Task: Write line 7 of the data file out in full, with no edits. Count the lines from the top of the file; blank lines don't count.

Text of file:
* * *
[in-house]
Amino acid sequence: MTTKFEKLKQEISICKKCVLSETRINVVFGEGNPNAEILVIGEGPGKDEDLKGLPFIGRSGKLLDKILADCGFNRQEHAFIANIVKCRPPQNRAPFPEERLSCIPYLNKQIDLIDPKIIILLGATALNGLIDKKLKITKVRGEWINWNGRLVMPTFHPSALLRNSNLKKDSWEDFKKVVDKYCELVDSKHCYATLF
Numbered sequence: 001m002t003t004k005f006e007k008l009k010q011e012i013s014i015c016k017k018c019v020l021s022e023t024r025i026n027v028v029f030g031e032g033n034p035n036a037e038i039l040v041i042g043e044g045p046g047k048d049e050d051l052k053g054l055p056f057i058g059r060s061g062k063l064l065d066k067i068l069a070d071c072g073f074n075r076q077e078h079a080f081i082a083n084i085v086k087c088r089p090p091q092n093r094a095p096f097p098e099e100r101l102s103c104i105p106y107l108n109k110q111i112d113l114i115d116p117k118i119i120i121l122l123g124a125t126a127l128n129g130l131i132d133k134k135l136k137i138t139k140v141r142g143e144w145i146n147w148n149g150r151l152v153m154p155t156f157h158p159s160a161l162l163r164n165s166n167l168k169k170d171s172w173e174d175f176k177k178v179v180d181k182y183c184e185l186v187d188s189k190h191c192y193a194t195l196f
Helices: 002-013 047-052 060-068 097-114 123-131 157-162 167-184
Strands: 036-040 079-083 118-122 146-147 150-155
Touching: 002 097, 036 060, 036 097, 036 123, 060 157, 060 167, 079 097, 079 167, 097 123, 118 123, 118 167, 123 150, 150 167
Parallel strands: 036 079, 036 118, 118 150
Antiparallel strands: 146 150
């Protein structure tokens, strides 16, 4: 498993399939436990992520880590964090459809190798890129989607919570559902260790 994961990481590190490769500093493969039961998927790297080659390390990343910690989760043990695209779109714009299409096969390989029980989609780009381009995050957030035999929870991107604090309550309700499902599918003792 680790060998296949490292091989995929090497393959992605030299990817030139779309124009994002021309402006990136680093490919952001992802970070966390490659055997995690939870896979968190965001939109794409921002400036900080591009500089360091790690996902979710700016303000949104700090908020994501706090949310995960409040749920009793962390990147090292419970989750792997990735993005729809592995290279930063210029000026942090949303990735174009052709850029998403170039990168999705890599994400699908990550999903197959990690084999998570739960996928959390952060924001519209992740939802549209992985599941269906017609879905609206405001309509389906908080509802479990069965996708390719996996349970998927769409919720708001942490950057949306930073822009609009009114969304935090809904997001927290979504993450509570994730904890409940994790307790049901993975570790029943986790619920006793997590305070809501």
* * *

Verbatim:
Parallel strands: 036 079, 036 118, 118 150